Posts Tagged ‘Clothing’

Why secondhand isn’t always green.

In a word (OK, two words), dry cleaning.

Vintage green ballgown

Beautiful dress. Shame about the dry cleaning.

I took a gorgeous dress that I’ve worn to a few parties recently to be dry cleaned today. Man, that made me uncomfortable.

I only buy (or get for free) secondhand clothes. I’ve bought almost no new clothes for years and it now feels scandalously wasteful to me to buy new when there is so much unwanted stuff available (kinda like buying a dog from a breeder when you could take a rescue dog).

My main motivation is to reduce my eco-impact. However, it has other benefits too. It saves me soooo much money. Spending more than a fiver on anything feels extravagant these days. In fact, spending money on clothes at all feels extravagant, given how much I get for free.

And I get great clothes. I love vintage pieces, for their quirkiness, their style and their quality.

Plus I never see anyone wearing the same stuff as me.

The proportion of my vintage stuff that has to be drycleaned is a serious drawback though. Apart from the money it costs (some of my vintage items end up costing me more in drycleaning than they did to buy), dry cleaning’s far from eco-friendly.

I minimise the packaging involved by taking a clothes bag and hanger with me so I can refuse the disposable ones I’d otherwise be given. If the item is already wrapped, I swap the hanger for my own. I don’t leave the plastic wrapping as I suspect they’d put it in the bin.

If I end up bringing a plastic bag home, I put it in a plastic bag recycling bin and, if I end up taking a hanger home, I return it to the dry cleaner for reuse.

Worse than the packaging though is that most drycleaners use perchloroethylene, or perc.

The United States Environmental Protection Agency classifies perc as an air contaminant, which must be handled as hazardous waste. Its website says:

"Breathing PERC for short periods of time can adversely affect the
human nervous system.  Effects range from dizziness, fatigue, headaches
and sweating to incoordination and unconsciousness.  Contact with
PERC liquid or vapor irritates the skin, the eyes, the nose, and the
throat.  These effects are not likely to occur at levels of PERC that
are normally found in the environment.

Breathing perchloroethylene over longer periods of time can cause
liver and kidney damage in humans.  Workers exposed repeatedly to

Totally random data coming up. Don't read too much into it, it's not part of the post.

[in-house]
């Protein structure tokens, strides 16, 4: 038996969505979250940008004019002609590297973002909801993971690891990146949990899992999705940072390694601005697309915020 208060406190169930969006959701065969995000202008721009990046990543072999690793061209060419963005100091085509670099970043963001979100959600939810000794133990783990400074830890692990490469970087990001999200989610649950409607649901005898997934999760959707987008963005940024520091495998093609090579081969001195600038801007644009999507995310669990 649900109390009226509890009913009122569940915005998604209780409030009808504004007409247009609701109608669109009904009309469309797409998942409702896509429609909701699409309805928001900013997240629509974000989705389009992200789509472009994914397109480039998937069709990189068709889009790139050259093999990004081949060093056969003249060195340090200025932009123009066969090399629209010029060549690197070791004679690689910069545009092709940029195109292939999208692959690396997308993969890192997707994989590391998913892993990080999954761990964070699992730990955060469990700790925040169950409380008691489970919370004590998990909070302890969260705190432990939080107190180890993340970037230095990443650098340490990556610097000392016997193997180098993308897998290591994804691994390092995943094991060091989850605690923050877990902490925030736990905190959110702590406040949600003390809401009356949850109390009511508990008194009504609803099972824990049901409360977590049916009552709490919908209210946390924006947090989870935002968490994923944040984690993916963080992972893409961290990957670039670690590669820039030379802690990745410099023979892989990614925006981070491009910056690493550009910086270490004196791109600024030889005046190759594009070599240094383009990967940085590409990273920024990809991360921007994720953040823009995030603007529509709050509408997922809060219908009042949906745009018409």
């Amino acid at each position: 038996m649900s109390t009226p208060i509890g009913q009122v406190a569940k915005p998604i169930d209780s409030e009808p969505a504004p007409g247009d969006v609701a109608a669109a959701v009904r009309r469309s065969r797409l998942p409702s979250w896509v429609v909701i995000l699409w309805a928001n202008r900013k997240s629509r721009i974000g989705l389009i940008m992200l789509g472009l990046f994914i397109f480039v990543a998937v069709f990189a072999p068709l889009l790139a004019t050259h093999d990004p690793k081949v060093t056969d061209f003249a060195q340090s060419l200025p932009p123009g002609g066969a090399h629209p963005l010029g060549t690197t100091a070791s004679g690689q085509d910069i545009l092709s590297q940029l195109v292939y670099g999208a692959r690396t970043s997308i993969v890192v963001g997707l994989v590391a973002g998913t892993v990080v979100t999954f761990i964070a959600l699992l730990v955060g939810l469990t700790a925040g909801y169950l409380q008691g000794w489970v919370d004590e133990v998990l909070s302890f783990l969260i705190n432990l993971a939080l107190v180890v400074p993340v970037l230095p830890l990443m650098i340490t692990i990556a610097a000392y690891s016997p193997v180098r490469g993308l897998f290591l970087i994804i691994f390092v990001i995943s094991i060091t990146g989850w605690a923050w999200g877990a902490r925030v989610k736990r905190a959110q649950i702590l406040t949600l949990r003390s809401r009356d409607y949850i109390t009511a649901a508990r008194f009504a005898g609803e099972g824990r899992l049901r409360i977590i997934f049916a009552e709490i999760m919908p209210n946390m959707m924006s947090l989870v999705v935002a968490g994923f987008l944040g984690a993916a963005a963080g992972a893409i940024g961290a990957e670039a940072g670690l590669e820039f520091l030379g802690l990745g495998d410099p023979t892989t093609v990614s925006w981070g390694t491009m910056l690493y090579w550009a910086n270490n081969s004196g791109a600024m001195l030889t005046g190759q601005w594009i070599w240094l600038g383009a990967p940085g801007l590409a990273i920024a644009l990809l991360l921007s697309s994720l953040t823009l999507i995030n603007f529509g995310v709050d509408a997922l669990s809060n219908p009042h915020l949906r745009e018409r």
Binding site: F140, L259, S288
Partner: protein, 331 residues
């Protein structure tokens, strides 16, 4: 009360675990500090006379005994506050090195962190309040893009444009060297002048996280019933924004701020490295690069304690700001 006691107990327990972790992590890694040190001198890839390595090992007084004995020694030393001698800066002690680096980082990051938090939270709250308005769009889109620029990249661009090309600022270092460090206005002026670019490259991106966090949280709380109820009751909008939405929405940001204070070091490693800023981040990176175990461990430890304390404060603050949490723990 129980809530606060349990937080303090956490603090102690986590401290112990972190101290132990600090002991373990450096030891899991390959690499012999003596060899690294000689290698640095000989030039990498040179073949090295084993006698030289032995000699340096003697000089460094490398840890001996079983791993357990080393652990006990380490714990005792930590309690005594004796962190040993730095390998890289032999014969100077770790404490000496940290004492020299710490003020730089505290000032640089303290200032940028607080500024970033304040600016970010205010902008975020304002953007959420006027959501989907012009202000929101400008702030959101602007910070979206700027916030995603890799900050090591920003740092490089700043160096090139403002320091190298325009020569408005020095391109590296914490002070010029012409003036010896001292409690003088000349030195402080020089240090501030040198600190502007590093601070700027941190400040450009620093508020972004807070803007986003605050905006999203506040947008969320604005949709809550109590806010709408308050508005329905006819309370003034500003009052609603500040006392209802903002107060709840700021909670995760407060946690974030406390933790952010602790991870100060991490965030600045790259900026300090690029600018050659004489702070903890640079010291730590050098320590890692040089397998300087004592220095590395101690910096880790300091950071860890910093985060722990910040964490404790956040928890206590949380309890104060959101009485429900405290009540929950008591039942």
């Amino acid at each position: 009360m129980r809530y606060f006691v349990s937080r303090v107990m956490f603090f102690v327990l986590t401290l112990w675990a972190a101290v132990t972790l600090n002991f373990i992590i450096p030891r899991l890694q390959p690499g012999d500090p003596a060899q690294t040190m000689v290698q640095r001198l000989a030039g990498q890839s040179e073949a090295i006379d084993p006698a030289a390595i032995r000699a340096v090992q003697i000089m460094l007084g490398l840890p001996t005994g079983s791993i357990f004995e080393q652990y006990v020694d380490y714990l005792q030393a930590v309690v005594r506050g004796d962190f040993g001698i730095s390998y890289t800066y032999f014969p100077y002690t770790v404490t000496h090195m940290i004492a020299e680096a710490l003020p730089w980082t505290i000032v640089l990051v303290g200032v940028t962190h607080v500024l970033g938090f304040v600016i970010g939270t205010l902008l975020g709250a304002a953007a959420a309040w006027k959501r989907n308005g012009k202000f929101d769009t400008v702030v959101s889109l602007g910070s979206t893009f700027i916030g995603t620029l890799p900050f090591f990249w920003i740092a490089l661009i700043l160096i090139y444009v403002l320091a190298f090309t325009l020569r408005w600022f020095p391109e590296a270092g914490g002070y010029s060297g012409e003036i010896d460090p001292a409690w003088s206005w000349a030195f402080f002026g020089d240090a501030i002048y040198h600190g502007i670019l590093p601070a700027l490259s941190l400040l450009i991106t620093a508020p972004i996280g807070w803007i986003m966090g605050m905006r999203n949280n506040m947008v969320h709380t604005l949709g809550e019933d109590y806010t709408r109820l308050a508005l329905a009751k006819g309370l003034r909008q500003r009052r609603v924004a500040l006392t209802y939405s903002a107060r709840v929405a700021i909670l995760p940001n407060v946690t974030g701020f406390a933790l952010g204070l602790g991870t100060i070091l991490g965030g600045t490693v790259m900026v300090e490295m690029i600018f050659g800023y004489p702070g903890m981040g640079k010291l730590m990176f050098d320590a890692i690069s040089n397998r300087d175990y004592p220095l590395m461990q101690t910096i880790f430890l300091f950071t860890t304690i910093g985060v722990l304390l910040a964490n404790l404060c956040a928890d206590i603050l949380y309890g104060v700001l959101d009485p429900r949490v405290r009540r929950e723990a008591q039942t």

large amounts of PERC in air can also experience memory loss and
confusion. Laboratory studies show that PERC causes kidney and liver
damage and cancer in animals exposed repeatedly by inhalation and
by mouth.  Repeat exposure to large amounts of PERC in air may
likewise cause cancer in humans.Perchloroethylene by itself is
not likely to cause environmental harm at levels normally found
in the environment.  PERC can contribute to the formation of
photochemical smog when it reacts with other volatile organic
carbon substances in air".

Nasty, huh?

Some time ago, I heard of an alternative. GreenEarth Cleaning is a dry cleaning system that, instead of using petroleum-baesd solvents, uses liquid silicone, which breaks down to sand and trace amounts of water and carbon dioxide after use.

However, at that time, it wasn’t available in the UK so I’ve continued simply to use the nearest dry cleaner to me. In researching this blog post though, I’ve discovered that Johnson’s the Cleaners are now using it. Fantastic!

I’ll still favour clothes that don’t need dry cleaning, and have the ones that do need it cleaned as rarely as I can get away with. And I’ll still take my own hangers and clothes bags. From now on though, my dry clean only clothes will be cleaned in silicone, not perc.

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How do you decide when your towels are worn out?

How do you decide when something is ‘worn out’? For me it has to be no longer capable of fulfilling its original function before I’ll call it done for (and then I can sometimes find another use for it). Now part of the function of (most) clothes is to make us look good so I suppose you could argue that they’re ‘worn out’ once they’re so scruffy they no longer do that (though they can still be worn for messy jobs – trouble is I’ve got more clothes for messy jobs than messy jobs to do in them).

When it comes to things whose appearance is less important though, you’ll find me still using them way beyond the point when most people would chuck them out. Dishcloths, teatowels, bath towels, facecloths, (whisper it) knickers (so long as no-one else is going to see them!), bed linen, gym T-shirts. Until a towel no longer gets me dry when I’ve had a shower, I keep using it. And when it reaches that point, it goes in the compost (by that point, there’s not usually enough of it even to cut up to make a moisture mat for my wormery (more of which in my next post).

My friends think I’m bonkers of course (even though I always give guests my best towels). And I have been known to hide the most hole-ridden, thin items before I have visitors. At least I’m not as obsessive as Monica from Friends. Remember episode 4.12 of Friends, when Monica & Rachel go head to head with Joey & Chandler over who knows each other the best?

Ross: Monica categorizes her towels. How many categories are there?
Joey: Everyday use.
Chandler: Fancy.
Joey: Guest.
Chandler: Fancy guest.
Ross: Two seconds…
Joey: Uh, eleven!
Ross: 11. Unbelievable. 11 is correct.

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